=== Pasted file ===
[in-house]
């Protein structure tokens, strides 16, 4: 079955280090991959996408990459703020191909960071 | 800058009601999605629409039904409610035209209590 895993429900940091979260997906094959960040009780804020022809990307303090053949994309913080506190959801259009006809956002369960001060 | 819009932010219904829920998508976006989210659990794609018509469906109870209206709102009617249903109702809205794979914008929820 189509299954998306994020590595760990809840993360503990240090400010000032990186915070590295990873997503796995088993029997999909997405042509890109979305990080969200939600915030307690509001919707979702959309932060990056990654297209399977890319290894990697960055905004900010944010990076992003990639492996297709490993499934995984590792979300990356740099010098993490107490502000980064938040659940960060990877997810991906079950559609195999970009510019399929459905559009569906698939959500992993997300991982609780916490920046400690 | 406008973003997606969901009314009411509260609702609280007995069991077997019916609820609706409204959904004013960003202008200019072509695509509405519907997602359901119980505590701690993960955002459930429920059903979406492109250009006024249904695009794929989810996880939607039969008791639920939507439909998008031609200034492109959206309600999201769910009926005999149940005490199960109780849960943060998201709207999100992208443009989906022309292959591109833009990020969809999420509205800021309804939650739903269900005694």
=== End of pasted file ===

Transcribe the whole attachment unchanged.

[in-house]
């Protein structure tokens, strides 16, 4: 079955280090991959996408990459703020191909960071 | 800058009601999605629409039904409610035209209590 895993429900940091979260997906094959960040009780804020022809990307303090053949994309913080506190959801259009006809956002369960001060 | 819009932010219904829920998508976006989210659990794609018509469906109870209206709102009617249903109702809205794979914008929820 189509299954998306994020590595760990809840993360503990240090400010000032990186915070590295990873997503796995088993029997999909997405042509890109979305990080969200939600915030307690509001919707979702959309932060990056990654297209399977890319290894990697960055905004900010944010990076992003990639492996297709490993499934995984590792979300990356740099010098993490107490502000980064938040659940960060990877997810991906079950559609195999970009510019399929459905559009569906698939959500992993997300991982609780916490920046400690 | 406008973003997606969901009314009411509260609702609280007995069991077997019916609820609706409204959904004013960003202008200019072509695509509405519907997602359901119980505590701690993960955002459930429920059903979406492109250009006024249904695009794929989810996880939607039969008791639920939507439909998008031609200034492109959206309600999201769910009926005999149940005490199960109780849960943060998201709207999100992208443009989906022309292959591109833009990020969809999420509205800021309804939650739903269900005694």